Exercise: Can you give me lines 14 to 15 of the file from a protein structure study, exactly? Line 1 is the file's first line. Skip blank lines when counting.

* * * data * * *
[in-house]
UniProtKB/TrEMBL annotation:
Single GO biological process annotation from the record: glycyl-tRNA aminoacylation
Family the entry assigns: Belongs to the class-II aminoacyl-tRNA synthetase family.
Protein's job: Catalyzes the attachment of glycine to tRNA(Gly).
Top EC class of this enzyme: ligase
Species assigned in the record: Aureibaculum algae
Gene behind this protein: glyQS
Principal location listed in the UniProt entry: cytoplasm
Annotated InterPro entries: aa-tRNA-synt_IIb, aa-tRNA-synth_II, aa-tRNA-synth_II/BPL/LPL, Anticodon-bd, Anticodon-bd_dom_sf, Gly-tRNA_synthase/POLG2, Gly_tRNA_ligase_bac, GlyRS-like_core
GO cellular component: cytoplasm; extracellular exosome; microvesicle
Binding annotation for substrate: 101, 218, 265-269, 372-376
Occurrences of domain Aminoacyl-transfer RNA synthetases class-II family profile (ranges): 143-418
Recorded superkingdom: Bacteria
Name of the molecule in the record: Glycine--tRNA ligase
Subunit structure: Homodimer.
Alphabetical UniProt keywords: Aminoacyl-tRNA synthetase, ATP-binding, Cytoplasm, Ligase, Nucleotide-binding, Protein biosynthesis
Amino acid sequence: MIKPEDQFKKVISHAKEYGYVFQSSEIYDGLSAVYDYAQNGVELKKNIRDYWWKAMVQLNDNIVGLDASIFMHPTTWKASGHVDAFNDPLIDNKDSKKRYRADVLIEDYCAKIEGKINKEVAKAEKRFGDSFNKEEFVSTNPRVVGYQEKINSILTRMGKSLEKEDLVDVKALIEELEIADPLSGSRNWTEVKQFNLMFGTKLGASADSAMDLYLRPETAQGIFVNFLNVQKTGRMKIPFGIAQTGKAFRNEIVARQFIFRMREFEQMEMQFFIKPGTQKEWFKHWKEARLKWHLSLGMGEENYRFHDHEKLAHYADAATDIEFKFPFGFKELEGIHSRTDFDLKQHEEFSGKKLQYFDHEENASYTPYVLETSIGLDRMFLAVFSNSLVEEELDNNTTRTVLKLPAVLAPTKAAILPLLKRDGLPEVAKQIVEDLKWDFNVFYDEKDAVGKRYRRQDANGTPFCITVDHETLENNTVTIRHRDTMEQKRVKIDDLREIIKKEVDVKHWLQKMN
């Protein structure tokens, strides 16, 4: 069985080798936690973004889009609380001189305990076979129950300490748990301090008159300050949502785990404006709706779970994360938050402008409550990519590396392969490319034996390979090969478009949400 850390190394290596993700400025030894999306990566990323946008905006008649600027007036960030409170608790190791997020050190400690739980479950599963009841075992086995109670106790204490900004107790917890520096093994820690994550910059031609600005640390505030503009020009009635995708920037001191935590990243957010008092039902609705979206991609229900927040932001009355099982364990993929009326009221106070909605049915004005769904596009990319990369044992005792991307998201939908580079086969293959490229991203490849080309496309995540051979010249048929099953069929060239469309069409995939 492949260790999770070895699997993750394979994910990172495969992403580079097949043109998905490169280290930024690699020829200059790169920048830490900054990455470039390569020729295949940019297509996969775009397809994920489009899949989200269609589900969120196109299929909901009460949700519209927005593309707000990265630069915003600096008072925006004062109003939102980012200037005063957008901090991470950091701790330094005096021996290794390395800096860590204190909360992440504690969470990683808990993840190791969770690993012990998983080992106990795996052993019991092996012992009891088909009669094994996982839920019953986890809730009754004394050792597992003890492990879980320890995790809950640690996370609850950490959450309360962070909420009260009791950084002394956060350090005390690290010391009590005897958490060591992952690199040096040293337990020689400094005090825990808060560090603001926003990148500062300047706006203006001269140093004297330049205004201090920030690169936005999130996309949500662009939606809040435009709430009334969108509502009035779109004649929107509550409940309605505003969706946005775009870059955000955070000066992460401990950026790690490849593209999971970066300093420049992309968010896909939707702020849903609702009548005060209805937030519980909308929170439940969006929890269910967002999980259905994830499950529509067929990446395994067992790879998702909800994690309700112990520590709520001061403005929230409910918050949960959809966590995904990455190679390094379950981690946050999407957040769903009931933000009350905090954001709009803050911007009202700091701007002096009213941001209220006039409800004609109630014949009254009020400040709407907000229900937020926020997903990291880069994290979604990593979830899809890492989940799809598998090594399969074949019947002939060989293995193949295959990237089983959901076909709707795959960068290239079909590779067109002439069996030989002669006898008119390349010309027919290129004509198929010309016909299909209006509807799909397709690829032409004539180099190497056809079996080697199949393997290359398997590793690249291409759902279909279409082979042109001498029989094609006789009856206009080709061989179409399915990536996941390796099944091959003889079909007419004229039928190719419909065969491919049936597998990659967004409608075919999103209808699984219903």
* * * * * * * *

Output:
Recorded superkingdom: Bacteria
Name of the molecule in the record: Glycine--tRNA ligase